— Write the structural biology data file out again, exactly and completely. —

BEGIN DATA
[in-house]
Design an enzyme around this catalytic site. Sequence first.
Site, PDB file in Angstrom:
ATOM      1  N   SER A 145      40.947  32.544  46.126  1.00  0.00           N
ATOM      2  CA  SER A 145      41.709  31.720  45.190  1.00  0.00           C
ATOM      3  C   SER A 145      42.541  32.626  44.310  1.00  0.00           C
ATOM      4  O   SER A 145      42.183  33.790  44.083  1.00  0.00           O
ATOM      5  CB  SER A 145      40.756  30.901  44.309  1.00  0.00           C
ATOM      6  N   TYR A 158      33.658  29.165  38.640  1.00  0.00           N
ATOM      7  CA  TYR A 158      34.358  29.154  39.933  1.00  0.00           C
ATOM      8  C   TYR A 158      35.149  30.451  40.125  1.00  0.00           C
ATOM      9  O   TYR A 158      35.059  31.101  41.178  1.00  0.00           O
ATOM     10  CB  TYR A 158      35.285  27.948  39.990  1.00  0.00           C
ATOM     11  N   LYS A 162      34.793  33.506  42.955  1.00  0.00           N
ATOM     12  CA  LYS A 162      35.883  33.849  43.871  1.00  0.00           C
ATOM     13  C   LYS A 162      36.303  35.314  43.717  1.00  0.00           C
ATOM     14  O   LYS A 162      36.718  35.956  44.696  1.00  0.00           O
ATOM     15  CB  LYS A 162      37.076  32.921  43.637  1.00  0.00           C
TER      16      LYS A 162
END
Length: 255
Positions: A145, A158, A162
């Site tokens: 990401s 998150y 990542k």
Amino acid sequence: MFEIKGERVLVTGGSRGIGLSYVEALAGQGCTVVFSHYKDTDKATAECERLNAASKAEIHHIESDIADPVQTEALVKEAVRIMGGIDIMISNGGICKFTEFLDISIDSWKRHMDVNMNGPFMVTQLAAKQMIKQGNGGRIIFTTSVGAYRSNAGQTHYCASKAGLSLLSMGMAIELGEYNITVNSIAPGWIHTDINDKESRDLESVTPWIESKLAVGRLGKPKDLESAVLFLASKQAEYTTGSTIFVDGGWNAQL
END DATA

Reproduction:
[in-house]
Design an enzyme around this catalytic site. Sequence first.
Site, PDB file in Angstrom:
ATOM      1  N   SER A 145      40.947  32.544  46.126  1.00  0.00           N
ATOM      2  CA  SER A 145      41.709  31.720  45.190  1.00  0.00           C
ATOM      3  C   SER A 145      42.541  32.626  44.310  1.00  0.00           C
ATOM      4  O   SER A 145      42.183  33.790  44.083  1.00  0.00           O
ATOM      5  CB  SER A 145      40.756  30.901  44.309  1.00  0.00           C
ATOM      6  N   TYR A 158      33.658  29.165  38.640  1.00  0.00           N
ATOM      7  CA  TYR A 158      34.358  29.154  39.933  1.00  0.00           C
ATOM      8  C   TYR A 158      35.149  30.451  40.125  1.00  0.00           C
ATOM      9  O   TYR A 158      35.059  31.101  41.178  1.00  0.00           O
ATOM     10  CB  TYR A 158      35.285  27.948  39.990  1.00  0.00           C
ATOM     11  N   LYS A 162      34.793  33.506  42.955  1.00  0.00           N
ATOM     12  CA  LYS A 162      35.883  33.849  43.871  1.00  0.00           C
ATOM     13  C   LYS A 162      36.303  35.314  43.717  1.00  0.00           C
ATOM     14  O   LYS A 162      36.718  35.956  44.696  1.00  0.00           O
ATOM     15  CB  LYS A 162      37.076  32.921  43.637  1.00  0.00           C
TER      16      LYS A 162
END
Length: 255
Positions: A145, A158, A162
């Site tokens: 990401s 998150y 990542k």
Amino acid sequence: MFEIKGERVLVTGGSRGIGLSYVEALAGQGCTVVFSHYKDTDKATAECERLNAASKAEIHHIESDIADPVQTEALVKEAVRIMGGIDIMISNGGICKFTEFLDISIDSWKRHMDVNMNGPFMVTQLAAKQMIKQGNGGRIIFTTSVGAYRSNAGQTHYCASKAGLSLLSMGMAIELGEYNITVNSIAPGWIHTDINDKESRDLESVTPWIESKLAVGRLGKPKDLESAVLFLASKQAEYTTGSTIFVDGGWNAQL